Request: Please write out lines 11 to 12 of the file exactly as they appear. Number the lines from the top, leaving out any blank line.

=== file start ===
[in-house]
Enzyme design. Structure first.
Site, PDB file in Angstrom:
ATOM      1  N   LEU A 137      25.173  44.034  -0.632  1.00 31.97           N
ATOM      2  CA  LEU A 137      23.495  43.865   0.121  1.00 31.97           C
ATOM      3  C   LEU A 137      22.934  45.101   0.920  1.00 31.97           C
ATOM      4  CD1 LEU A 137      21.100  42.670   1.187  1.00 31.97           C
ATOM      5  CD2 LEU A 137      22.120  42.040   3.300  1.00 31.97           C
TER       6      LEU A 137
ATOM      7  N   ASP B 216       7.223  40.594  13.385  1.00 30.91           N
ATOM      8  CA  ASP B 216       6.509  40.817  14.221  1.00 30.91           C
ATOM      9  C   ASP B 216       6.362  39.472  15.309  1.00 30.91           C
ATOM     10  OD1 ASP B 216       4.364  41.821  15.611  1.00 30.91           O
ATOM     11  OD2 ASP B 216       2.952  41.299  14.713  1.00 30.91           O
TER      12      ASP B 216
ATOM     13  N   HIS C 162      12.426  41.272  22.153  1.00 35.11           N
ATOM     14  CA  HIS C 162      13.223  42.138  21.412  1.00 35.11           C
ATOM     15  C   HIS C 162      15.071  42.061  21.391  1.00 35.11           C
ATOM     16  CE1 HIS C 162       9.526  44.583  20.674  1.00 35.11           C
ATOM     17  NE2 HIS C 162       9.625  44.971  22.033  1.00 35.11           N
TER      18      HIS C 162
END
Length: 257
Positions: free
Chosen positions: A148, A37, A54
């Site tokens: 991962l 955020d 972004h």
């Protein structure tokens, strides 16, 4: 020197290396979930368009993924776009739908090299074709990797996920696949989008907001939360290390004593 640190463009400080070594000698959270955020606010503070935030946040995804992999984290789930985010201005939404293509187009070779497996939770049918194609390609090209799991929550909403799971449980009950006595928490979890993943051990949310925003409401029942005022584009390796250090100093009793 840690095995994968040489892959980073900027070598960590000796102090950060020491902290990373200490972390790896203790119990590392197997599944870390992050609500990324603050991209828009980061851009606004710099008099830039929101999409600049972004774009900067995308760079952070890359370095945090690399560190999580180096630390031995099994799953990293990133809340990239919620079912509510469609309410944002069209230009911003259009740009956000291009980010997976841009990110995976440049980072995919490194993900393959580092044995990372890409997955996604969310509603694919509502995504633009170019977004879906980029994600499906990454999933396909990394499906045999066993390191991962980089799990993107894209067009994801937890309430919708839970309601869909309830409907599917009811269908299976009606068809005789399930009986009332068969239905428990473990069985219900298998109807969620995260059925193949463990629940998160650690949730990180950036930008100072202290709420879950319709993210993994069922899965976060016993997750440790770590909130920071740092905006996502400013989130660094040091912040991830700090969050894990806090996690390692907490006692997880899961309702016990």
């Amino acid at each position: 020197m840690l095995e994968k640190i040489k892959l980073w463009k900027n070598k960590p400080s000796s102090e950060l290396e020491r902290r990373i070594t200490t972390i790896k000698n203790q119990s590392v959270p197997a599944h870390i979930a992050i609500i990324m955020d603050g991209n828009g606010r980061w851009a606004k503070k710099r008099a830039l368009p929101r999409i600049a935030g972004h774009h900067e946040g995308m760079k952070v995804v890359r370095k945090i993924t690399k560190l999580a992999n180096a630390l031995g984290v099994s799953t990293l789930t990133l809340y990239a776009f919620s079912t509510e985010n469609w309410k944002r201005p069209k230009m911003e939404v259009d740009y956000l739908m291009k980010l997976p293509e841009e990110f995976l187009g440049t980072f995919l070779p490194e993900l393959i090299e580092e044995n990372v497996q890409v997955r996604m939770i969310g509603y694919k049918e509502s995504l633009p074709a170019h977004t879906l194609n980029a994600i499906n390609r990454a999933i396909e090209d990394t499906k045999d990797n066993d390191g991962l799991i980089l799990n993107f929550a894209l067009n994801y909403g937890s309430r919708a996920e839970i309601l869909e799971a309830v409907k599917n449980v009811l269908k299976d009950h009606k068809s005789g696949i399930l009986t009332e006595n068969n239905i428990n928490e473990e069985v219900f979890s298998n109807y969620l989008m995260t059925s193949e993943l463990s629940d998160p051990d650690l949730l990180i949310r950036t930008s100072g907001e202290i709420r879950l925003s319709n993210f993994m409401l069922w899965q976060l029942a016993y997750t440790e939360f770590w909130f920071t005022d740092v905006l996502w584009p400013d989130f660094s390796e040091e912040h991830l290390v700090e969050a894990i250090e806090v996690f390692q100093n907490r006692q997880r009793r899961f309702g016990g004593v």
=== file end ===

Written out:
ATOM      8  CA  ASP B 216       6.509  40.817  14.221  1.00 30.91           C
ATOM      9  C   ASP B 216       6.362  39.472  15.309  1.00 30.91           C